“PCEF has been there since the get-go - since the dawn of the idea.
I don’t see them ever not being there. Technology changes and our direction changes.
PCEF has been and will be there with each step.”
– Summer Marshall, EHMS Computer Science Integration Coach
The Computational Thinking Program is a three-year pilot funded by a PCEF Classroom Grant.
PCSD is the first in Utah and among the first in the nation to implement this STEM learning strategy across non-STEM subjects.
10 teachers – in subject areas like Spanish DLI, P.E., Music, and Social Studies – are guided and supported by Computer Science Integration Coach Summer Marshall.
Marshall and Lyndsay Huntsman (PCSD’s PCCAPS & CTE Director) created the program.
“Computational Thinking” labels the steps of Computer Science Instruction (CS Instruction) so it can be applied to any subject.
Simply put: this is project-based learning using five vocabulary words:
- Decomposition: Break it down into parts
- Abstraction: Remove unnecessary information + Keep key elements
- Patterns: Spot and use similarities
- Algorithms: Create a step-by-step process
- Evaluation: Make sure the solution is a good one
QUICK CASE STUDY → SPANISH DLI
In Janice LaFarga's Spanish Dual Language Immersion class, students study Spanish grammar.
Traditionally, students would read and study texts on their own. The class discussed the assignment and moved on to the next one.
Ms. LaFarga's students use Computational Thinking - and what happens after the students read the text is very different.
1 - Picture a Treasure Map
Students study identify grammar elements and connect them with a story using Ozobot to explain how it relates. Then, they use specialized markers to draw a story map on a poster. (Uses decomposition, abstraction, patterns)
2 - X Marks the Spot
Different color combinations create code for the Ozobot to follow. When students complete maps, they turn the Ozobot on. It physically travels along the path as it demonstrates the story.
3 - Walk the Plank, er, the Line → An Example:
→ RISING ACTION = Ozobot "climbs" a hill ~
→ A CHARACTER IS CONFUSED = Ozobot spins @
→ A BAD CHOICE = Ozobot moves backward ←
→ FALLING ACTION = robot follows a "downhill" line ~
→ VIDEO EXAMPLE = see it in action & and remember: they’re doing it all in Spanish!
(Uses decomposition, abstraction, patterns, algorithms, evaluation)
WHY = THE IMPACT
Translating stories into code and story maps sparks critical thinking and creativity.
Coding demands resilience and grit: doing it right means LOTS of trial and error.
Hands-on, group projects lead to lots of engagement, collaboration, and communication.
Final product presentations hone public speaking skills.
Computational Thinking Prepares Students to:
√ Think Critically & Creatively
√ Embrace Failure & Discover Resilience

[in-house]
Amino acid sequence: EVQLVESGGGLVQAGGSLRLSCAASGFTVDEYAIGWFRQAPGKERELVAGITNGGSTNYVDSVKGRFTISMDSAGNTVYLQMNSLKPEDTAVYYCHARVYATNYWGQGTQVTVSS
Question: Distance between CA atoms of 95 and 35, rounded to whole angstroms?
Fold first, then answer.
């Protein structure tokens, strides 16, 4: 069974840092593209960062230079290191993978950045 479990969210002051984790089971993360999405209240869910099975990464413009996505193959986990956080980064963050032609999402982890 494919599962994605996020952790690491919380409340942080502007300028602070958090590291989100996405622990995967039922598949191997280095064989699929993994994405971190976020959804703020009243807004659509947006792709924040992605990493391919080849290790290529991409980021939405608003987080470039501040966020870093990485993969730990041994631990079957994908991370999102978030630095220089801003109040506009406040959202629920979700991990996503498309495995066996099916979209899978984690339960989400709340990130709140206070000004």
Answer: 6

√ Engage Collaboratively & Communicate Effectively
This pilot also creates access to CS Instruction for Ecker students not on a coding pathway. All Park City students K-5 learn to code (another groundbreaking program seeded by PCEF donors!), but when they get to 6th grade, schedules are tight, and students in DLI aren’t able to take coding or art as electives. This pilot provides access for ALL students to the deeper learning possible using the vocabulary and techniques of computer science.
The three-year pilot program started this school year (2021/22).
Ecker Hill Middle School - at present.
The ultimate goal of the pilot is to test whether CS Instruction and its vocabulary can eventually be woven into the fabric of every PCSD school.
“Whether students go into programming when they’re done with school is totally beside the point.We’re not teaching them for the world we live in right now: they need this for THEIR WORLD. What’s it going to look like? They need to be ready.”
– Summer Marshall
PCEF DONOR IMPACT
Computational Thinking, the latest in a line of groundbreaking programs funded by PCEF donors, will better prepare and inspire all students to reach their academic and lifelong potential.
Park City Education Foundation was launched with a request for a STEM Classroom Grant. Since then, donors have funded more than 750 grants - many of them STEM-related, like this one.
Classroom Grants allow teachers to request funds to try new, innovative ideas and often lead to wider implementation and adaptation. STEM programming [NEW LINK] leads to problem-solving, creative thinking and solutions, and learning that will equip our students for future success.
Thanks to donor support, PCEF funds more than $1 million dollars each year in programming that directly and positively impacts every single PCSD student.
If you'd like to support initiatives that inspire all Park City students to successfully reach their academic and lifelong potential, we invite you to donate here.